Bellator 183 is in the books, and it was a pretty fun show. Unfortunately, the main event between Patricky Freire and Ben Henderson was not particularly exciting. Fortunately for Patricky, he was able to get the split decision win in a fight that was destined to have scorecards all over the place. I had it 30-27 for Pitbull on account of Henderson just not doing enough to clearly win any rounds. All three judges and Bellator MMA analyst Jimmy Smith (whom I respect greatly) somehow scored round 2 for Henderson, who wasted more than half the round going for a takedown which he never got. I don’t see that as actual good offense, and he ended up eating a flying knee for his troubles and getting briefly taken down in the final seconds. Henderson’s best moments came off of his thudding body kicks, but I felt Pitbull otherwise was getting in the cleaner shots, particularly with his boxing.
Whatever your scores are, I thought Henderson looked sloppy and largely ineffective. Pitbull’s takedown defense was very impressive and he picked his shots well, admittedly not setting a high-pace himself. He’s definitely in the best form of his career, having now beaten both Josh Thomson and Ben Henderson in consecutive fights. The fact that he got a split nod against Henderson is arguably more amazing than knocking Thomson out, if you consider Henderson’s history of favorable judging. Patricky can’t be that far off from another title fight, even though tonight was neither a thriller nor did it feature a spectacular knockout that Patricky is definitely capable of pulling off.
More thoughts on tonight’s card:
- It’s been a really long time since Paul Daley managed a truly great win against a top welterweight contender, and he scored the upset KO win over Lorenz Larkin in round 2. I didn’t see it live, but evidently Daley clipped Larkin with a spinning backfist just before his trademark left hook put Larkin on queer street. A couple more punches, including another left hook, put Larkin down and out. That’s a really devastating loss for Larkin, who is now 0-2 after leaving the UFC on such a high-note as a top-10 contender. It’s conversely a massive win for Daley, and I have to think Bellator is going to push hard to make the Michael Page fight happen. That was a vintage “Semtex” knockout fans witnessed tonight.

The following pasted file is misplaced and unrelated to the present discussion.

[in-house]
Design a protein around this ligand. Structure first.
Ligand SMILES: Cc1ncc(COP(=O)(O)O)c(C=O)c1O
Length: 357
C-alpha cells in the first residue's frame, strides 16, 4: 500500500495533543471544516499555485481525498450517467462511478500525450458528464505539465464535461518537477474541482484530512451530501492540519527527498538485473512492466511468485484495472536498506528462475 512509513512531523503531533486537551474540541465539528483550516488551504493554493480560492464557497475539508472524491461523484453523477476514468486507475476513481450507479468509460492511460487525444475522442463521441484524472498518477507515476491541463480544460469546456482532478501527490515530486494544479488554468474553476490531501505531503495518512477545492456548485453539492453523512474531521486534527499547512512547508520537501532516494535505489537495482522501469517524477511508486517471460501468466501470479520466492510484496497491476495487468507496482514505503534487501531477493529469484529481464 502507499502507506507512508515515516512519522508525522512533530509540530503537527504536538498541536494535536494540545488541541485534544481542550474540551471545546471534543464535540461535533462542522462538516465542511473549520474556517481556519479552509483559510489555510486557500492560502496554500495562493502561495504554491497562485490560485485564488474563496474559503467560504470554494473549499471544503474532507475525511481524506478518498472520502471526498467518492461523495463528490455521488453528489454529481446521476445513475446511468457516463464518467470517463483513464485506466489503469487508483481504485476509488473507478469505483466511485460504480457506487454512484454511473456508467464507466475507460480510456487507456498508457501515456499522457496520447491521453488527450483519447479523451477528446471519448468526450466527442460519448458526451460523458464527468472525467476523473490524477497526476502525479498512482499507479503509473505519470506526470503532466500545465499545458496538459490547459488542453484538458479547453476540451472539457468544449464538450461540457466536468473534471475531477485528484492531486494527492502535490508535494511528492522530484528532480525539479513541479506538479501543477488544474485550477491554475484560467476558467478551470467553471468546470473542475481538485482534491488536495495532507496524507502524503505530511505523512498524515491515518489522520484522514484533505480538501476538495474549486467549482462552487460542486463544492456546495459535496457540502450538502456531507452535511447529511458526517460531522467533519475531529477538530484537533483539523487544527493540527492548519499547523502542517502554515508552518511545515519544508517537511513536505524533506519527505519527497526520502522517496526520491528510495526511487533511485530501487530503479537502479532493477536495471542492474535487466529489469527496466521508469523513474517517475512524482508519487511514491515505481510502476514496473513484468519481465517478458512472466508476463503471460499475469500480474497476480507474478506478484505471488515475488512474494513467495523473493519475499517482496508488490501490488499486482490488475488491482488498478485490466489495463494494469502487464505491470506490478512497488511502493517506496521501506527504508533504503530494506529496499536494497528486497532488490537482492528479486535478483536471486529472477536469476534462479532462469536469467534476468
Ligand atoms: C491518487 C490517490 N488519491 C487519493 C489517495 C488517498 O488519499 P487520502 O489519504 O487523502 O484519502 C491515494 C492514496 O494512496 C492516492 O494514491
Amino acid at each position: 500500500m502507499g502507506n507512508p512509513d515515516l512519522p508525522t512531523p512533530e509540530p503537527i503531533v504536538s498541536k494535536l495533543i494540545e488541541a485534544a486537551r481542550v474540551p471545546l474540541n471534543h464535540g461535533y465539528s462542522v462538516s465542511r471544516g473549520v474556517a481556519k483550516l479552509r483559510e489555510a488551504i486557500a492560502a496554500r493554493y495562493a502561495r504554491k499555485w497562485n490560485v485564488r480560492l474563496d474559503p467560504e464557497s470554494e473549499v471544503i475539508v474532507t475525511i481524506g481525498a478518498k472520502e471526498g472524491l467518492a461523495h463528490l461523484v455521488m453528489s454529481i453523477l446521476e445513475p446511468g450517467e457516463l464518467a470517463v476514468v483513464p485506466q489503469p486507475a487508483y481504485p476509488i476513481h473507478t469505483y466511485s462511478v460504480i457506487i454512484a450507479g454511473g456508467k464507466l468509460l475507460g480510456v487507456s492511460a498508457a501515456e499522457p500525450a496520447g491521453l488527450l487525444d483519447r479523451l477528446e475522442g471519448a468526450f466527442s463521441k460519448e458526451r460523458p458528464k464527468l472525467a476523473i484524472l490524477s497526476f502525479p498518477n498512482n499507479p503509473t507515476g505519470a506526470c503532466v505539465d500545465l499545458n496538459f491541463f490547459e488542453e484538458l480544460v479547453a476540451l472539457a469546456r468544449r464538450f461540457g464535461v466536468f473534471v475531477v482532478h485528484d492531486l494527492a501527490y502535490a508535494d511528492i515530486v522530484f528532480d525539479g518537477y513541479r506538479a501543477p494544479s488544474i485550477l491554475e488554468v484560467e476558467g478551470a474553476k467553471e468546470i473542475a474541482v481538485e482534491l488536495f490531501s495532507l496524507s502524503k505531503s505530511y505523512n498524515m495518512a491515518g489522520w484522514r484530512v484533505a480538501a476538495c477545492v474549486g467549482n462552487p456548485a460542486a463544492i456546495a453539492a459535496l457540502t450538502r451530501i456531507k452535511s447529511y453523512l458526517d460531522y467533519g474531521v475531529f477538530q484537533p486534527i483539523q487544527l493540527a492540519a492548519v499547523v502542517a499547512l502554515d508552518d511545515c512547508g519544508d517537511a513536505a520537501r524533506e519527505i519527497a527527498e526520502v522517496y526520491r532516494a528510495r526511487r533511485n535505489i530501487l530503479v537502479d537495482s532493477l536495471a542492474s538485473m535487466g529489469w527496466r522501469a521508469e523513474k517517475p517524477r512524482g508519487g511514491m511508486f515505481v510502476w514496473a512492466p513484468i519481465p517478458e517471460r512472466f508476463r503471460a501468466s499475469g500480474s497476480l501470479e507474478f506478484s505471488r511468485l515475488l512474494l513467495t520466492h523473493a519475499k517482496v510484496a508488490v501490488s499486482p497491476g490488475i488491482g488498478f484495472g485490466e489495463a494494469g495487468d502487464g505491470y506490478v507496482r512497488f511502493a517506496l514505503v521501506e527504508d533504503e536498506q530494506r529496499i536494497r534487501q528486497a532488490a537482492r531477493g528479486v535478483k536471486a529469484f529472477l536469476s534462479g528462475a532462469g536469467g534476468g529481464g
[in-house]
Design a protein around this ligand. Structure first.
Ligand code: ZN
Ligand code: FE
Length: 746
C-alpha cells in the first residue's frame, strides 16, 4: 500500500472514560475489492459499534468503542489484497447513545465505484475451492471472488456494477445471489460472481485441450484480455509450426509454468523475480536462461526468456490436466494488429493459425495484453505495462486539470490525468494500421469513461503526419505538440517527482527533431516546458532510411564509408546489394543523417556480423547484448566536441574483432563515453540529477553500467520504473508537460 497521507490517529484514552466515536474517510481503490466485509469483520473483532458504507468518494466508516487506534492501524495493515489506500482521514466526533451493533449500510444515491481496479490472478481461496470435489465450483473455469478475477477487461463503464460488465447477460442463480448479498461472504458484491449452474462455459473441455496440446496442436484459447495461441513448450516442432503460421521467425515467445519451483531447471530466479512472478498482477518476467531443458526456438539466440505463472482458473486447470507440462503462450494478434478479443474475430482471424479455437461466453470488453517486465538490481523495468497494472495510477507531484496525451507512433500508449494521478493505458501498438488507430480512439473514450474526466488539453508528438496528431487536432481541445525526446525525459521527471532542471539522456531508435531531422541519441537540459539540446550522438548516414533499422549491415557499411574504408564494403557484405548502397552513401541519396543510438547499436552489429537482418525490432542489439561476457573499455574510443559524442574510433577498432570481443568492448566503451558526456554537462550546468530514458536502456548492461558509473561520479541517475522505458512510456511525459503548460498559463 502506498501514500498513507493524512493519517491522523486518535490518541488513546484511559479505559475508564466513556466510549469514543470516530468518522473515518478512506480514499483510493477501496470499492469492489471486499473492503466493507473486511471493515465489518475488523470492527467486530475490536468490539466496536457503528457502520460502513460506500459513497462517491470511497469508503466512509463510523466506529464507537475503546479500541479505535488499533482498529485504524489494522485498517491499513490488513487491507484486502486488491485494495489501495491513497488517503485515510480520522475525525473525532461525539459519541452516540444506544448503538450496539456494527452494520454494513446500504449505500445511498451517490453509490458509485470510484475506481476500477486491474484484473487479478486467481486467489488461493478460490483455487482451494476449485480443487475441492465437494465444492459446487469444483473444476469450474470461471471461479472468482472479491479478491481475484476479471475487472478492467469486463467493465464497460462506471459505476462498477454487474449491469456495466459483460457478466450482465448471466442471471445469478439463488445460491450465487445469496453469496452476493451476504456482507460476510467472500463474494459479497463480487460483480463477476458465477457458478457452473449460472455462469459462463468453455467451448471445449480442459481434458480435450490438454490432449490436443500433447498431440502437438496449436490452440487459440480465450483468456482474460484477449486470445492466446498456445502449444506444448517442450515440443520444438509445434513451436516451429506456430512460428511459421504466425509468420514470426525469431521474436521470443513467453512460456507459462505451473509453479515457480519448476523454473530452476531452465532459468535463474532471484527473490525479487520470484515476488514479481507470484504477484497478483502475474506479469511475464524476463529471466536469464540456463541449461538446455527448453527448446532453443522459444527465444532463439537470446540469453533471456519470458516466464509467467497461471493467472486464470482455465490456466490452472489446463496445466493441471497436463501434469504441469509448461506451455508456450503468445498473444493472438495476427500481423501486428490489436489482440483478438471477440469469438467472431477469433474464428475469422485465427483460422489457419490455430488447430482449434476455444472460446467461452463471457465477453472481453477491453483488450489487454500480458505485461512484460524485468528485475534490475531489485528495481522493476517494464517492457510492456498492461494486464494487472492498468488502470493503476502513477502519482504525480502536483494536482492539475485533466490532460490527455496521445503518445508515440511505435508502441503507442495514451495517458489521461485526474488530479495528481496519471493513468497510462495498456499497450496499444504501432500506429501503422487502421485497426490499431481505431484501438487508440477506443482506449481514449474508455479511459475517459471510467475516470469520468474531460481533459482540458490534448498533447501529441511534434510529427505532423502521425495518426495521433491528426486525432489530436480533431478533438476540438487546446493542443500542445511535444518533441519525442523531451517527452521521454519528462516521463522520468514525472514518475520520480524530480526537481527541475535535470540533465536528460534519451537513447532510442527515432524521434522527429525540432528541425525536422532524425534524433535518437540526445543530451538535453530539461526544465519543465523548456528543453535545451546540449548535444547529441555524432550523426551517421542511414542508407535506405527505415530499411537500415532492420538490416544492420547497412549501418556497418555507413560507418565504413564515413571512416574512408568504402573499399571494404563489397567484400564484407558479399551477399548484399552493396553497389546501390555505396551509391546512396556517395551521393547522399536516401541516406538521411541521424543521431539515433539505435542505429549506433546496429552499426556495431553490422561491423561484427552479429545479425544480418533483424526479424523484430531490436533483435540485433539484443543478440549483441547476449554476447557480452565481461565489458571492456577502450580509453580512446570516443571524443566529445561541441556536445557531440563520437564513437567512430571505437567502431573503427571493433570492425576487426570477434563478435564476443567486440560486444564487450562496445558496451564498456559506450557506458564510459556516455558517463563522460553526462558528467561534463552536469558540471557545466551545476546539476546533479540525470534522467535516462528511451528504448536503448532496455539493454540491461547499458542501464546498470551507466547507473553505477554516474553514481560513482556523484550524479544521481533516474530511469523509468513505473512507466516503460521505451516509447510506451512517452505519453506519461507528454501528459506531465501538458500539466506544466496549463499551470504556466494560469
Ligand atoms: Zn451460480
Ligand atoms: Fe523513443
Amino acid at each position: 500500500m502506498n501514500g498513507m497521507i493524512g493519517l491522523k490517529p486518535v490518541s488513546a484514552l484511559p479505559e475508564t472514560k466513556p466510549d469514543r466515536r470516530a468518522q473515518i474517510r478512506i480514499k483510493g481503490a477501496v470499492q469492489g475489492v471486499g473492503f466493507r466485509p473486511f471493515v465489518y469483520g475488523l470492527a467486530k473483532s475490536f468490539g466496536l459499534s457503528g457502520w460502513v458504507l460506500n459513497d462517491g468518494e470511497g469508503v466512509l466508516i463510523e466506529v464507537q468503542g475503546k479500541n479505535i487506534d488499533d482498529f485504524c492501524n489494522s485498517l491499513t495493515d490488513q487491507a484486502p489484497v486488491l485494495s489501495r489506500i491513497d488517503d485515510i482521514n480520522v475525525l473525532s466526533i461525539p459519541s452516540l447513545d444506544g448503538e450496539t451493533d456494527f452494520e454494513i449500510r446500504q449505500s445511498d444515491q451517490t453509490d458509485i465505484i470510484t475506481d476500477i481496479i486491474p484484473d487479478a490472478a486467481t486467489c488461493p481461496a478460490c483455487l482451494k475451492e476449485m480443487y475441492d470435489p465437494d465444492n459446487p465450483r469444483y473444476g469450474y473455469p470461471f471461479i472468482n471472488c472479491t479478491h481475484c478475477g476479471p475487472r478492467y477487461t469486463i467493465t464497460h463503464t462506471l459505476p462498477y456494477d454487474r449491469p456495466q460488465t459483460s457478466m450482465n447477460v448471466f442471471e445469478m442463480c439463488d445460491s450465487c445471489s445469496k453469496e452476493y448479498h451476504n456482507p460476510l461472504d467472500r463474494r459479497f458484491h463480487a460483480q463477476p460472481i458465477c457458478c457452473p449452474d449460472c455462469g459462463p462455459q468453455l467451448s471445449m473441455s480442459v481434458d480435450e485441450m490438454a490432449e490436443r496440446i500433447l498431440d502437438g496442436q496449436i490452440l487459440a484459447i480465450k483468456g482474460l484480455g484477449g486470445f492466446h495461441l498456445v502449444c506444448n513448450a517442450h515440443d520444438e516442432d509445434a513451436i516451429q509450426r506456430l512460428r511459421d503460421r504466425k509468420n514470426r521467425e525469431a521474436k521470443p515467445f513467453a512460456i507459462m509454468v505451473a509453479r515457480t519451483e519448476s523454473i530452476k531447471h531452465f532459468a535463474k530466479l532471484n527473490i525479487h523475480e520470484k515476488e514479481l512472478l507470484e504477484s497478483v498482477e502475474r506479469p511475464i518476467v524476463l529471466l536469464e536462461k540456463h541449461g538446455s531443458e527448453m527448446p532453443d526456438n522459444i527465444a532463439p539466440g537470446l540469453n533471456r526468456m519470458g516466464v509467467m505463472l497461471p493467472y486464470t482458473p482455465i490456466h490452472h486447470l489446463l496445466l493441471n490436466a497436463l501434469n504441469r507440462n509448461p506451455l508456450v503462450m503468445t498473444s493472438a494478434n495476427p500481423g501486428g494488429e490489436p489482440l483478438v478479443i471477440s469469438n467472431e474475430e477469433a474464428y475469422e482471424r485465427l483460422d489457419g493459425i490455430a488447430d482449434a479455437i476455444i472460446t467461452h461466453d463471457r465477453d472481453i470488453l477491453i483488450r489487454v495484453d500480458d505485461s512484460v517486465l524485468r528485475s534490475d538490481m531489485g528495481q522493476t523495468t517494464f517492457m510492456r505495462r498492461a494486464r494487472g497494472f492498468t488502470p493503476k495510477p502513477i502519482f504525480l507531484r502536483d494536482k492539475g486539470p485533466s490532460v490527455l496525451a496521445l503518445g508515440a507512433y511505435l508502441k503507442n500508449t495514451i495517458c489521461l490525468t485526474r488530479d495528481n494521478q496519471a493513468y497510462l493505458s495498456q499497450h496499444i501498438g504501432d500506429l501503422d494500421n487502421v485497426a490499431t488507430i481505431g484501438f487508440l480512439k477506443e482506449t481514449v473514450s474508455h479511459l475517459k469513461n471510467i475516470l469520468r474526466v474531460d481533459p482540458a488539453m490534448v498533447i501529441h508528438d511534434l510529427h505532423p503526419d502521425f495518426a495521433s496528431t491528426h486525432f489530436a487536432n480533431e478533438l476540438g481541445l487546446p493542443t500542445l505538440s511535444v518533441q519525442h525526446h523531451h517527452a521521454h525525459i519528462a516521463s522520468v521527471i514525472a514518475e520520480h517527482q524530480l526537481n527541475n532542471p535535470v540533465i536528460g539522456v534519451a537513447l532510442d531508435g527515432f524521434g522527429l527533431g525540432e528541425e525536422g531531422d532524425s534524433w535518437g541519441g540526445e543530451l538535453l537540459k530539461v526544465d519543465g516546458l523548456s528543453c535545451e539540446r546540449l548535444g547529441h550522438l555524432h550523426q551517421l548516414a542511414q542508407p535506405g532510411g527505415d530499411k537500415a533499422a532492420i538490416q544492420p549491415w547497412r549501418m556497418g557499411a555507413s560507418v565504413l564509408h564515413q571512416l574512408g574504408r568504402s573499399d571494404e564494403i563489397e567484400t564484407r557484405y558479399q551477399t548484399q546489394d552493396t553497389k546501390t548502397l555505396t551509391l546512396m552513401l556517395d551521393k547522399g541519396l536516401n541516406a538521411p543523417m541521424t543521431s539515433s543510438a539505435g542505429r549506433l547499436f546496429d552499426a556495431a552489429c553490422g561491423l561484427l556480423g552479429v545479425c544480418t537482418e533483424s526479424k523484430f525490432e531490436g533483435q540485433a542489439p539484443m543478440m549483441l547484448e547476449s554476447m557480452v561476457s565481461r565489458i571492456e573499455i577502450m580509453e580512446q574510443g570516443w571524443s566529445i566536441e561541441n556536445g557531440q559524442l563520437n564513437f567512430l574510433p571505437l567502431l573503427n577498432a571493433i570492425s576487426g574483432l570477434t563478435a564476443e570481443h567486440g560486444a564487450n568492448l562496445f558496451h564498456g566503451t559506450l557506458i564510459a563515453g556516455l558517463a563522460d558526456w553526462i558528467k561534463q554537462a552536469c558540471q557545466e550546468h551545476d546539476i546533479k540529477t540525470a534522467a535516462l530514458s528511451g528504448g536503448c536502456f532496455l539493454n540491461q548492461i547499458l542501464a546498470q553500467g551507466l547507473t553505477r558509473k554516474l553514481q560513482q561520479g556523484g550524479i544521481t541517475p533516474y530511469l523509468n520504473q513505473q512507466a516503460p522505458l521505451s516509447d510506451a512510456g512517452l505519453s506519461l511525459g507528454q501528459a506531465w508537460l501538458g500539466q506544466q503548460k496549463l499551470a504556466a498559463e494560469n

- Roy Nelson’s Bellator debut was a successful one, as he used his wrestling and jiu-jitsu to defeat Javy Ayala in a fairly entertaining bout. Ayala was definitely winning the majority of the striking exchanges, and while Nelson’s chin is always praised for being notoriously sturdy, Ayala showed he could take Nelson’s power punches. What he couldn’t handle were the takedowns, and his ability to get back to his feet went away in round 3, thus costing him the fight. This is the “Big Country” you’re likely to get for the rest of his career. He cannot rely on the right hand to melt opponents anymore, and he’s worse than ever defensively, so at this stage of his career, he’s reminding everyone that he actually comes from a jiu-jitsu background.
- The judge who had it 30-26 for Nelson... yeah, I don’t see a 10-8. Not the first time I’ve taken issue with Wade Vierra.
- Aaron Pico’s MMA debut may have been disastrous given the hype he received as “the greatest prospect in MMA history,” but his second fight was spectacular. Pico walloped Justin Linn with a crushing left hook to pick up his first career win in outstanding fashion. We saw his elite wrestling on display, as well as his fast hands and boxing abilities, but he was a little wild at times and got caught cleanly by Linn on more than one occasion. All that said, he’s still a 21-year-old with huge potential, so ideally he’s going to keep on learning and we’ll see even more convincing performances along the way.
- How will Bellator book Pico from here? Will he be pushed towards higher-end competition at featherweight within these next 12 months? Or will Bellator give him a bit of a slow roll, just so he can build up his highlight reel without taking more of those dangerous Zach Freeman type of matchups? That’ll be fascinating to see, and the matchmaking will go a long way towards determining Pico’s path to the top of the sport.
- Goiti Yamauchi is one hell of a grappler to watch. He put AKA prospect Adam Piccolotti away with a vicious rear-naked choke just over three minutes into round 1. The back take that set up the finish was so slick, as is his great ability to chain different submissions together. This was a big win for the Japanese standout, and he shouldn’t be too far away from a lightweight title shot.
- Spike’s “tentpole” shows are scheduled for three hours, which made for a painful night in terms of event pacing. The first two fights ended quickly, then we got a prelim, and it was just extended stalling to not end the show early. Maybe 2 1⁄2 hours works better. Three hours just makes the card move like molasses.